Archive for June, 2010

It’s Nice To Have Options

Wednesday, June 16th, 2010

We’ve returned home to Colorado early. We were on the road for a month and I believe in that whole time we only saw four sunny days. Rain, rain, rain, or gloomy hot stuffy days. We really don’t know how people live with that. Patrice thinks they are, “water breathers.” I think, once a person becomes acclimated though, they grow gills.

But it wasn’t just the weather that drove us home. After Alumapalooza, we went to Elkhart, Indiana. The rain that dogged us all the way from Wyoming followed us there too, but I spent some time in the library at the RV Museum. Great place, just wish I could get in for $8 per week instead of $8 per day. At least I was feeling productive.

Then disaster, my computer was working okay, but when I shut down for the night, MS Windows XP SP3 automatically installed 11 “updates.“ The next morning, it wouldn’t boot. Couldn’t even get a BSOD. I didn’t have any of my diagnostic software with me – all back home. So, I took it to a local computer repair. Their diagnosis was that the hard drive was bad. Really, is that their best shot? I guess they also thought the crash following the updates was just a coincidence.

They were going to charge me $50 for the diagnostic and a precautionary backup. The tech told me they couldn’t get the hard drive out though because I’d forgotten to give them a key to unlock it. That’s when I asked how they were able to do the precautionary backup. If the computer wouldn’t boot and they couldn’t get the HD out, then there was no way to back up the data. “Oh,“ he said, “let me ask the tech who worked on it.“ I got out of there for $25, but it was still a rip.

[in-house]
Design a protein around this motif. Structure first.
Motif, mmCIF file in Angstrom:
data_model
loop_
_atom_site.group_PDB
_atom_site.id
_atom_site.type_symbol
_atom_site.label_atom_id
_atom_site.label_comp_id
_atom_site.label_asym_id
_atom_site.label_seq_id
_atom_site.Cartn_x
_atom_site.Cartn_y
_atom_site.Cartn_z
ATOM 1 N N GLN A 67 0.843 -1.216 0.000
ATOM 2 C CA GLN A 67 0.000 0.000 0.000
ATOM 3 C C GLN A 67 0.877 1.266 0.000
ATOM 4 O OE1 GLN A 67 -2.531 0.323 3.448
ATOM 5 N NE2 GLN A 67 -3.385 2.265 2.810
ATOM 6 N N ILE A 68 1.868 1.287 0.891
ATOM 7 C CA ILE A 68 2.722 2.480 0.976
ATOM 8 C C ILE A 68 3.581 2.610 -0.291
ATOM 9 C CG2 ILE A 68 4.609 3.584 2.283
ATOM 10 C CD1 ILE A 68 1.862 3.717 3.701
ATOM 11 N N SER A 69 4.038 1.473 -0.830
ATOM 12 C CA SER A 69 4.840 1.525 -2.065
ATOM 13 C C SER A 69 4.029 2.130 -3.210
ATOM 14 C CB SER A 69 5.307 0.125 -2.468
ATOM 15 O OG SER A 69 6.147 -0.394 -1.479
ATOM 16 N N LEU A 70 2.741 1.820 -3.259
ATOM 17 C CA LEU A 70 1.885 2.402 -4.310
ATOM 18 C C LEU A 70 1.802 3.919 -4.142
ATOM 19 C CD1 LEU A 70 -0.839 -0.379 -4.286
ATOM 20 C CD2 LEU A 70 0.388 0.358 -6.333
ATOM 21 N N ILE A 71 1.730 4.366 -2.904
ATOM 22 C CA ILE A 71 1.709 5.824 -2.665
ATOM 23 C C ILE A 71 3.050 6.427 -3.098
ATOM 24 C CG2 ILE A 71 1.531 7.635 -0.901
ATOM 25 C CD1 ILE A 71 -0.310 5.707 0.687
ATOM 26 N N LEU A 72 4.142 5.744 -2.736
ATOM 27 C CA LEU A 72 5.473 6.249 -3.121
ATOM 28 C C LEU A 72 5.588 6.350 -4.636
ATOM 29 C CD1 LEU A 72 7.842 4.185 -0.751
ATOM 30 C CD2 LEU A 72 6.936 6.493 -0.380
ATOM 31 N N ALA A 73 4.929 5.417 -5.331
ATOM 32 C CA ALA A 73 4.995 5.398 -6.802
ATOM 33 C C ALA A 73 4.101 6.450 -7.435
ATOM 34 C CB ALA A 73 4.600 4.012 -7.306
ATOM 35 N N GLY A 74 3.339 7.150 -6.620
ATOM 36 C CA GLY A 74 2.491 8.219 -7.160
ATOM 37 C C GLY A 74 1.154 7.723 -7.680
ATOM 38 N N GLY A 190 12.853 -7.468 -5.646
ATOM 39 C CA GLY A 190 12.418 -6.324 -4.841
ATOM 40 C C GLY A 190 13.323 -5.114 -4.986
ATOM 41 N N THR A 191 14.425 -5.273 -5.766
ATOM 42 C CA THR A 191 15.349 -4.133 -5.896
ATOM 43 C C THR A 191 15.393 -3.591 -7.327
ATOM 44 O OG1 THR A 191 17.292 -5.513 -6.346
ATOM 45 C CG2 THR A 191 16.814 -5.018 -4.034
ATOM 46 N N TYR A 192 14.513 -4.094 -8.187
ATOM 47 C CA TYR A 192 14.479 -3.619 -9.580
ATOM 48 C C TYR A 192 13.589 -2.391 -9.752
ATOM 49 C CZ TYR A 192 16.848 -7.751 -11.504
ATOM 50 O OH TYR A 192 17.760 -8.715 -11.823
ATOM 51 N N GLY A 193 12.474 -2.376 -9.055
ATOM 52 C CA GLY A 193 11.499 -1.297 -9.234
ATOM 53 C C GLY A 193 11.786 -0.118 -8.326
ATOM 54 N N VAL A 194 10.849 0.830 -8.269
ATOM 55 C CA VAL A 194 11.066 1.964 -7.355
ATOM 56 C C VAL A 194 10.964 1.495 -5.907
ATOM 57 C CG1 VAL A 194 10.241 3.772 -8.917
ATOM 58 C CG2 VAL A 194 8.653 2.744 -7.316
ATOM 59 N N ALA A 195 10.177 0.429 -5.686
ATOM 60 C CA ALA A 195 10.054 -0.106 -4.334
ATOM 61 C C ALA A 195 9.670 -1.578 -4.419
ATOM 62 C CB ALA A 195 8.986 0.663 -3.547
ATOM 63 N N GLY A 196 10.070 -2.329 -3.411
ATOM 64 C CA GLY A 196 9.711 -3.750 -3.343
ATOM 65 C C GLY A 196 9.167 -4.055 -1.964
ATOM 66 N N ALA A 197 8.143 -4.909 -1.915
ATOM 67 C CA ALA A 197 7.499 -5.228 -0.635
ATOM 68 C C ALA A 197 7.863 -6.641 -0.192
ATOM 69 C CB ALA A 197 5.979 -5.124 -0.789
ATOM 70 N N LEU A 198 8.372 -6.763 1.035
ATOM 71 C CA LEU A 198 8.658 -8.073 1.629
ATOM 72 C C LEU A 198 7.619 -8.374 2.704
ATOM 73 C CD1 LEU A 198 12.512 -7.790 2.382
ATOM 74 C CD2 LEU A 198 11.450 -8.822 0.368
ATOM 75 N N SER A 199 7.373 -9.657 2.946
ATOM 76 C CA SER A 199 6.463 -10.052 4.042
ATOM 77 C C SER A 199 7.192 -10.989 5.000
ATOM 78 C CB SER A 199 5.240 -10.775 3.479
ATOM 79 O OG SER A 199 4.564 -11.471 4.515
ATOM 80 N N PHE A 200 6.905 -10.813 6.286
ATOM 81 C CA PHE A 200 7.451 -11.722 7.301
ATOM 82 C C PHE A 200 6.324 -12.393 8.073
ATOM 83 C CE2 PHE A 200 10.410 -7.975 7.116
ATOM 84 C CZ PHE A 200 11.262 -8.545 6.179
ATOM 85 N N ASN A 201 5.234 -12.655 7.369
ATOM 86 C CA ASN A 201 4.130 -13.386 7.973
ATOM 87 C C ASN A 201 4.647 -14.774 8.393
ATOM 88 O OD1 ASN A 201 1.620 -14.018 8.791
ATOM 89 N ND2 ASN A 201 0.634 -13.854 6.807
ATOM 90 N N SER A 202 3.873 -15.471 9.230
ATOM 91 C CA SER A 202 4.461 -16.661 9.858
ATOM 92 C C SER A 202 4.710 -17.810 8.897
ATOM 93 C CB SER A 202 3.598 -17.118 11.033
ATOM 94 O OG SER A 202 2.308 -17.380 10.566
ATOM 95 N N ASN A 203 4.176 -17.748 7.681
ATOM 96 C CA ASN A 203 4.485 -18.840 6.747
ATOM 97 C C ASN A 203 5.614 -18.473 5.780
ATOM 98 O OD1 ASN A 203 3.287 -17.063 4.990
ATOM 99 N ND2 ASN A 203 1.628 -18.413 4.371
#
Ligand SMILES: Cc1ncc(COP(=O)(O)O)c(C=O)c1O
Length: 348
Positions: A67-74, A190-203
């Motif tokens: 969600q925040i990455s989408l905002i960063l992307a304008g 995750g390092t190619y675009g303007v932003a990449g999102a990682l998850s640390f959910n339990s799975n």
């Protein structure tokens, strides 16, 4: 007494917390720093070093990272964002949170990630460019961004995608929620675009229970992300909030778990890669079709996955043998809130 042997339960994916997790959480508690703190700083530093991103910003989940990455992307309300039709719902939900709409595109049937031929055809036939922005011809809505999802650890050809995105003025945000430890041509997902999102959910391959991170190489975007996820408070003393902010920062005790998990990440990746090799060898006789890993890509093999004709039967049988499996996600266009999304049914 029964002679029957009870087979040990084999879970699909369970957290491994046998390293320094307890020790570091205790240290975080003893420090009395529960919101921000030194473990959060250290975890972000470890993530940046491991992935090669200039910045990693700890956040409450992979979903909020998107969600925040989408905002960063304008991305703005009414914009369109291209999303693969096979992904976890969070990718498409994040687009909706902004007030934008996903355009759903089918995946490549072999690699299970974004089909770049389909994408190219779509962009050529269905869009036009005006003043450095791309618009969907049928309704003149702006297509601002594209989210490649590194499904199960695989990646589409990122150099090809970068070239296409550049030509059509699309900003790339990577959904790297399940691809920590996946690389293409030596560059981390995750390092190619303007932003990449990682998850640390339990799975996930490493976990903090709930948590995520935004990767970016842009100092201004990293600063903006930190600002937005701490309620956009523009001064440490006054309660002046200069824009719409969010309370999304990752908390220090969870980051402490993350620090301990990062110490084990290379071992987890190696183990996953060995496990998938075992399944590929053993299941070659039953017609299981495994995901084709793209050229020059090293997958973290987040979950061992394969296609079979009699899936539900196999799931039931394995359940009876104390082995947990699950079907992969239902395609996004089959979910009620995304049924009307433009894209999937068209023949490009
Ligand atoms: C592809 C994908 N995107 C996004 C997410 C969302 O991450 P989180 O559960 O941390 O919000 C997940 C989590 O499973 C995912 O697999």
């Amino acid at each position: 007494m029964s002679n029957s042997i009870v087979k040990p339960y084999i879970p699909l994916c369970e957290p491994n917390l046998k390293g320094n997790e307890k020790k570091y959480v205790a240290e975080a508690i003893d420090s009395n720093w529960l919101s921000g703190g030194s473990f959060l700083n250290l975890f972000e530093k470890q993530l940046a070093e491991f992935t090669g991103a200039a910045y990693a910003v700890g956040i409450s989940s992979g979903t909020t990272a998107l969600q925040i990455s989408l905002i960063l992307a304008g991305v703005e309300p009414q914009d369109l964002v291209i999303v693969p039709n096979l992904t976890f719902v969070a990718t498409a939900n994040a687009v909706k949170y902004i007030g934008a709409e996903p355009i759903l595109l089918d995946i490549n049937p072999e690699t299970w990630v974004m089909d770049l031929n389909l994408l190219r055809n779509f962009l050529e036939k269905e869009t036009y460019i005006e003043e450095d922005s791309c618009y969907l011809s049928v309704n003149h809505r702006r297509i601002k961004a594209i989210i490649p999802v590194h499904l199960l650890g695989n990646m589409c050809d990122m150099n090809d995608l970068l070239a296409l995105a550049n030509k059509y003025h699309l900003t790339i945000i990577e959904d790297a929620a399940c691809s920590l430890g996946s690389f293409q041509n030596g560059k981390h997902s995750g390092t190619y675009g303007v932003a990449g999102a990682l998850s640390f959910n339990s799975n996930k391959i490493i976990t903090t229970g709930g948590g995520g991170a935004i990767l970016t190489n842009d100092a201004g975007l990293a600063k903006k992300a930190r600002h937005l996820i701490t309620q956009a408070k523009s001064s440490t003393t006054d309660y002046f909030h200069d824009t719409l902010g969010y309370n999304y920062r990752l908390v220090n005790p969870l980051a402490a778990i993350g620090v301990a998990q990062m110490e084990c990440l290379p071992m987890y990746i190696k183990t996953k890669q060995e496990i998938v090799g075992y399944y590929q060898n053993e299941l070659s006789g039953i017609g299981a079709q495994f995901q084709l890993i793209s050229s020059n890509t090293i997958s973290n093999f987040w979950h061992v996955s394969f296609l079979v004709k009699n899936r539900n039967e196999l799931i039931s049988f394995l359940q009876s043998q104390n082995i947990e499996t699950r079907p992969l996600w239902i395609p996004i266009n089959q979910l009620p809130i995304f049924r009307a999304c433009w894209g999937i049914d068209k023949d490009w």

Since then, I’ve determined that the updates corrupted the boot sector. I’ll need to buy some special software to recover. The bigger and immediate problem for us though was how to pay bills on the road. I do it all over the Internet, but my passwords and Quicken files are on the computer. I guess I should occasionally make a hard copy of some of that stuff.

While we were still in Indiana we drove over to South Bend to poke around Notre Dame University and link up with my cousin Diane. We really enjoyed the campus. There was some sort of alumni reunion going on, and I think that might be why all the young students and faculty smiled at us and were so friendly. Maybe, they thought we were part of that, but we weren’t.

Then heartbreak, I telephoned my cousin Diane to see if we could get together for dinner. A woman answered the phone, sounded just like Diane. It was her daughter. She just happened to be there to check on her dad, who is still grieving badly. Diane died April 8th she said, “We thought all the cousins knew.” She died suddenly from a brain aneurism.

She was about my age, a little less than a year younger. We had great fun when we were kids during summer vacations, swimming and water skiing in Hudson Lake, playing pick-up-sticks, and other games. I had a crush on her. Is that okay, for a cousin to have a crush? She was pretty, full of energy, smart and talented. And a hard worker, a good mother, a wonderful grandmother. She and her husband farmed over thirty years together, and like a lot of farmers held other jobs to make a go of it. I can only imagine his grief.